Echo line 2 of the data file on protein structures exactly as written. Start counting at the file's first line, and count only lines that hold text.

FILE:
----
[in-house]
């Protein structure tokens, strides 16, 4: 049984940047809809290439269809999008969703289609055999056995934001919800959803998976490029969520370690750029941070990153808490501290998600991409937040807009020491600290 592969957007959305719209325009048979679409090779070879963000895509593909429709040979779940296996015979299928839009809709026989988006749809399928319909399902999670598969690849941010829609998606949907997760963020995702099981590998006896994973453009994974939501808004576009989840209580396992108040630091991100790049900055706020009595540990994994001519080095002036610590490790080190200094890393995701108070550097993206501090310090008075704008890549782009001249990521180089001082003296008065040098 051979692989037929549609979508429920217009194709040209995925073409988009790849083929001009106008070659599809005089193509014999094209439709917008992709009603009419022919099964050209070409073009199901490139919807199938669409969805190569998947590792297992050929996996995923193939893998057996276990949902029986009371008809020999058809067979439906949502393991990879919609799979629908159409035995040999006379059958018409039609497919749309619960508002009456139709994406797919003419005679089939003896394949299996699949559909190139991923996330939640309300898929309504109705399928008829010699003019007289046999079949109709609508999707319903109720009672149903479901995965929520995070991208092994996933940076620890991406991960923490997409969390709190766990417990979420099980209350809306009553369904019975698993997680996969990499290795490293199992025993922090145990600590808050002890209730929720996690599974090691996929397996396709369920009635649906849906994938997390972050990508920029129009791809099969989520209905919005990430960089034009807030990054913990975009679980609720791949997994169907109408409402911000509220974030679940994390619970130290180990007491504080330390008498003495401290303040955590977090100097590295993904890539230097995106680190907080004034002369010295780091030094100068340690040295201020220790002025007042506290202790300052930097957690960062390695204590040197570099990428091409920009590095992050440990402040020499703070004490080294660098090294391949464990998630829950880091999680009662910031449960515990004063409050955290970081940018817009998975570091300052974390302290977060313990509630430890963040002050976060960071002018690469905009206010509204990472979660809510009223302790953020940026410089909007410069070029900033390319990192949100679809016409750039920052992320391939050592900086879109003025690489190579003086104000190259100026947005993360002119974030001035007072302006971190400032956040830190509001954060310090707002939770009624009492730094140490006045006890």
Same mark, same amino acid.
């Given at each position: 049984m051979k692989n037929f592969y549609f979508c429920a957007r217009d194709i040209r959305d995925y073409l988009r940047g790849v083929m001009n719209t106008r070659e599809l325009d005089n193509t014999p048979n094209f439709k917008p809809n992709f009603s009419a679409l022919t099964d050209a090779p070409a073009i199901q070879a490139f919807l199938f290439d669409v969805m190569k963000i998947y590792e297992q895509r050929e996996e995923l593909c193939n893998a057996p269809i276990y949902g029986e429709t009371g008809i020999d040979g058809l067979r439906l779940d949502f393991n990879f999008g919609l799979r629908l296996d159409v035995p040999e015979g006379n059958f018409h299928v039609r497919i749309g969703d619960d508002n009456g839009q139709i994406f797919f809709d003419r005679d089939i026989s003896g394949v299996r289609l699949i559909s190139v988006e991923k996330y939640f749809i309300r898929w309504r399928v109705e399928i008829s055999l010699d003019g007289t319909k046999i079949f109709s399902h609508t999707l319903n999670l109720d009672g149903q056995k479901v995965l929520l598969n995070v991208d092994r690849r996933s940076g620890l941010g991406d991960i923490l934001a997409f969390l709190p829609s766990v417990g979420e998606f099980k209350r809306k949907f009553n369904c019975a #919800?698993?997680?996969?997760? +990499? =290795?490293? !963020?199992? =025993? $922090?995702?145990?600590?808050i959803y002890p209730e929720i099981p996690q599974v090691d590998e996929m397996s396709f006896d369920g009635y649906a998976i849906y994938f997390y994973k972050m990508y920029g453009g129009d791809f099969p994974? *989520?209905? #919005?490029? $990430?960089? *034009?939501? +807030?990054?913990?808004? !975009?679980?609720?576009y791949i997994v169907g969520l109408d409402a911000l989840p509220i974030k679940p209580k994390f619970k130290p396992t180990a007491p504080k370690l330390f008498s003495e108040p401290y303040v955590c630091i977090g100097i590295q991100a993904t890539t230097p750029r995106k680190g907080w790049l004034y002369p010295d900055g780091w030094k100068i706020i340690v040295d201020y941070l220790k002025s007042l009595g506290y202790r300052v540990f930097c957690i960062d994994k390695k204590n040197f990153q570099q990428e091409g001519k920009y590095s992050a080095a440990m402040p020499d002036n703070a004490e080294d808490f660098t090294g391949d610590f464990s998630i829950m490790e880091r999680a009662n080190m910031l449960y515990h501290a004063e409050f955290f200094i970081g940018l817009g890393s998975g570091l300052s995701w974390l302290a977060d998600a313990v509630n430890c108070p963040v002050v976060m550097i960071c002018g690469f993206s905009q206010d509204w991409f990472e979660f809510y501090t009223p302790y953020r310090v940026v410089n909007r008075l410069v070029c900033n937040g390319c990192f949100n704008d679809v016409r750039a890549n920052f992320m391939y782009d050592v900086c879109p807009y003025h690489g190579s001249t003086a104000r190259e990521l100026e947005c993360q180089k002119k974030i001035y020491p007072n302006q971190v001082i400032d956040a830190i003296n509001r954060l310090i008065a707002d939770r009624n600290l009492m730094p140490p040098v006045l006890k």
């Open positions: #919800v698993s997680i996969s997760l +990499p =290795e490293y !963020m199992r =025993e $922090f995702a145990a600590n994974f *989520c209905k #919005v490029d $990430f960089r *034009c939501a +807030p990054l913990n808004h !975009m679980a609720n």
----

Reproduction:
């Protein structure tokens, strides 16, 4: 049984940047809809290439269809999008969703289609055999056995934001919800959803998976490029969520370690750029941070990153808490501290998600991409937040807009020491600290 592969957007959305719209325009048979679409090779070879963000895509593909429709040979779940296996015979299928839009809709026989988006749809399928319909399902999670598969690849941010829609998606949907997760963020995702099981590998006896994973453009994974939501808004576009989840209580396992108040630091991100790049900055706020009595540990994994001519080095002036610590490790080190200094890393995701108070550097993206501090310090008075704008890549782009001249990521180089001082003296008065040098 051979692989037929549609979508429920217009194709040209995925073409988009790849083929001009106008070659599809005089193509014999094209439709917008992709009603009419022919099964050209070409073009199901490139919807199938669409969805190569998947590792297992050929996996995923193939893998057996276990949902029986009371008809020999058809067979439906949502393991990879919609799979629908159409035995040999006379059958018409039609497919749309619960508002009456139709994406797919003419005679089939003896394949299996699949559909190139991923996330939640309300898929309504109705399928008829010699003019007289046999079949109709609508999707319903109720009672149903479901995965929520995070991208092994996933940076620890991406991960923490997409969390709190766990417990979420099980209350809306009553369904019975698993997680996969990499290795490293199992025993922090145990600590808050002890209730929720996690599974090691996929397996396709369920009635649906849906994938997390972050990508920029129009791809099969989520209905919005990430960089034009807030990054913990975009679980609720791949997994169907109408409402911000509220974030679940994390619970130290180990007491504080330390008498003495401290303040955590977090100097590295993904890539230097995106680190907080004034002369010295780091030094100068340690040295201020220790002025007042506290202790300052930097957690960062390695204590040197570099990428091409920009590095992050440990402040020499703070004490080294660098090294391949464990998630829950880091999680009662910031449960515990004063409050955290970081940018817009998975570091300052974390302290977060313990509630430890963040002050976060960071002018690469905009206010509204990472979660809510009223302790953020940026410089909007410069070029900033390319990192949100679809016409750039920052992320391939050592900086879109003025690489190579003086104000190259100026947005993360002119974030001035007072302006971190400032956040830190509001954060310090707002939770009624009492730094140490006045006890």